Friday, 25 July 2014

Stories from Le Bar Marché - Fergus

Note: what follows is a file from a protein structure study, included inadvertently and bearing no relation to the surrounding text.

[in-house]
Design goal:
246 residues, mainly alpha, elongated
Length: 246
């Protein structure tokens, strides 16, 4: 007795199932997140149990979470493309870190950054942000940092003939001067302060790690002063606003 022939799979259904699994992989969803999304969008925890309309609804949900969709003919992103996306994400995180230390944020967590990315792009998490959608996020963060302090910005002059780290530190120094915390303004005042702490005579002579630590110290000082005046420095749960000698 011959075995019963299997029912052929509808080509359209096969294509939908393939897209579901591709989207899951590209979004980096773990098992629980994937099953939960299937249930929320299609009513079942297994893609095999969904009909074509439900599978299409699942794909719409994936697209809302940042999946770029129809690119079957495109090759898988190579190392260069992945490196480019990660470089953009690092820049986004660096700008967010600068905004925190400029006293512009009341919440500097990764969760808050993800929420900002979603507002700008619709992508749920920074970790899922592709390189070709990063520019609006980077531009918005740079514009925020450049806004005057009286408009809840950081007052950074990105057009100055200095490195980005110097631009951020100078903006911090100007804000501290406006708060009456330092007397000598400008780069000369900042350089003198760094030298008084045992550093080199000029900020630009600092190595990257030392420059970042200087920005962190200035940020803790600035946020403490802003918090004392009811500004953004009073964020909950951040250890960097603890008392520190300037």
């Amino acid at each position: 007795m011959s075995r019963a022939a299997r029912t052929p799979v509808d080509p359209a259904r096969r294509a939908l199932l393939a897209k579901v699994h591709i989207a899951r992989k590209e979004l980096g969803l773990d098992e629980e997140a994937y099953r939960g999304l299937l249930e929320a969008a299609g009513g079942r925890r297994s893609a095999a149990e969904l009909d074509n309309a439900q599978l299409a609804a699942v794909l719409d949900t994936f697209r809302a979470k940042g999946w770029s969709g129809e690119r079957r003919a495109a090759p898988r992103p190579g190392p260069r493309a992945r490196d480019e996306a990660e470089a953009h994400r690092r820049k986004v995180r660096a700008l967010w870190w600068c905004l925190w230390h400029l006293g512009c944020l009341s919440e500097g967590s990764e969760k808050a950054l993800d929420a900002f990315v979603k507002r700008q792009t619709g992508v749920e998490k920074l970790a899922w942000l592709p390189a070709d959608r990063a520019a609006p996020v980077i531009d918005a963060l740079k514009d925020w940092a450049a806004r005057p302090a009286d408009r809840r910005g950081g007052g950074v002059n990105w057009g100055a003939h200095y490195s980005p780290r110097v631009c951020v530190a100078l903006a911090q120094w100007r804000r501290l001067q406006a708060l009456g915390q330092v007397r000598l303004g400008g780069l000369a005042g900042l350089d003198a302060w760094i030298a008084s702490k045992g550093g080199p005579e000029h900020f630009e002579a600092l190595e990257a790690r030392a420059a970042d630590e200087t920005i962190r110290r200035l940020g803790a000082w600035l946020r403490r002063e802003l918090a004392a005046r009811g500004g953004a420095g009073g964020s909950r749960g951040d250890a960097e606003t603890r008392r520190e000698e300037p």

After the second drink Fergus felt himself relax. He was thirsty all the time in this heat. He had managed to park the car and was waiting for his wife Jenny to walk through the market and join him. He had bought an English language paper because the headlines were all about the Commonwealth games in Glasgow. It looked a grand occasion and he thought he'd ask his daughter to record the opening ceremony for him. Then he put it down and watched the people walking by and listened to the accordion player. His fair Scottish skin was dangerously red and he was glad to be sitting in the shade of the leafy plane trees. This was thei first holiday that he and Jenny had spent in hotels,just the two of them. He had always taken the family camping or trekking, always an outdoor adventure style holiday.Jenny had suggested that  now there was just the two of them maybe they could afford to stay in hotels and go on a touring holiday round France and Italy. He must admit that he was having a wonderful time just the two of them, making impromptu decisions to take this route or that, no planning or schedule was making them feel like they were on a second honeymoon. . 'If only we were' ,he thought.He loved his wife, his daughters and grandsons , he  would do it all over again..They had slept in the car twice, in a car park next to a camper, reclining the seats and then  going to a patisserie for breakfast, holding hands and breathing in the wonderful early morning smell of coffee and fresh ly baked croissants. Now they were in the South of France on their way to Italy.Last night they had shared a drink with a French couple staying in the same hotel.  The French couple were younger than him and Jenny and spoke very good English. They started talking about politics. He found it interesting to hear their opinions on healthcare and education. They were matters that affect us all. Then they  had pointed to the sticker on the car Ecosse  and had asked what he was going to vote in the Referendum in September. Jenny had giggled as he explained. 'I can't vote,' he said ' I live in England'. He didn't think it was funny really. It was ridiculous. A Scotsman with one hundred per cent Scottish blood running through his veins and he couldn't vote, but his nephew's wife from  England, could. He said that he didn't like referendums. The politicians should never have let it get this far, they should have found out what was needed to keep everybody happy. Fergus was an engineer. He had a natural gift for organizing people and bringing out the best in them. His company had sent him down to their headquartes in England over thirty years ago. They said Scotland wasn't big enough for him . He had so much to offer and they wanted him on their top projects. He had always been proud to be a Scottish engineer , following in the steps of Stephenson and the like. The very first weekend a colleague had introduced him to Jenny at a dance. She overheard him calling her a Sassanach. She had laughed so much at the word, he was quite taken aback. No-one laughed at the things he said. He didn't do funny , as his daughters would say.Most people were a bit in awe of him. He had a reputation for being tough, he squared up at the mere brush of a table leg. Jenny  looked at him with her clear blue eyes,she touched his arm gently and asked him if he would like to join her. All evening she listened to him attentively., hanging on his every word and  always, there was the joyous sound of her laughter. He discovered that he liked entertaining her with all his stories about growing up in the Highlands, walking across the heather, hunting for deer. He told her that fishing for salmon in the clear, sparkling streams and rivers of the Cairngorms was like fishing in Champagne. She had stopped laughing then, cupped his face in her hands and kissed him. All sorts of soppy thoughts went through his head, he couldn't believe this was happening to him. His rugged handsome face and strong body had always brought him lots of female attention but he had never felt anything like this. It frightened him a bit. He, who was never scared of anything, was now scared of losing this slim, lovely young woman. They were married within a year. His relatives all came  to the wedding in their kilts and  Jenny's family welcomed them all so warmly they had been like one big family ever since. They now had three daughters with blue eyes just like her and two grandsons with red hair just like him. They lived in England but they all loved Scotland and regularly went there for holidays.While his parents were alive they had spent their Summers there and never missed Hogmanay. His brothers and nephews came down every Christmas and won all the drinking contests with his son-in-laws. Jenny would throw big parties for all their friends and the Scottish contingent would teach them all the Scottish dances wearing their kilts. They always went to Burns night at the local Rowing club in January. Everyone loved his rendering of ' 'To a Haggis.'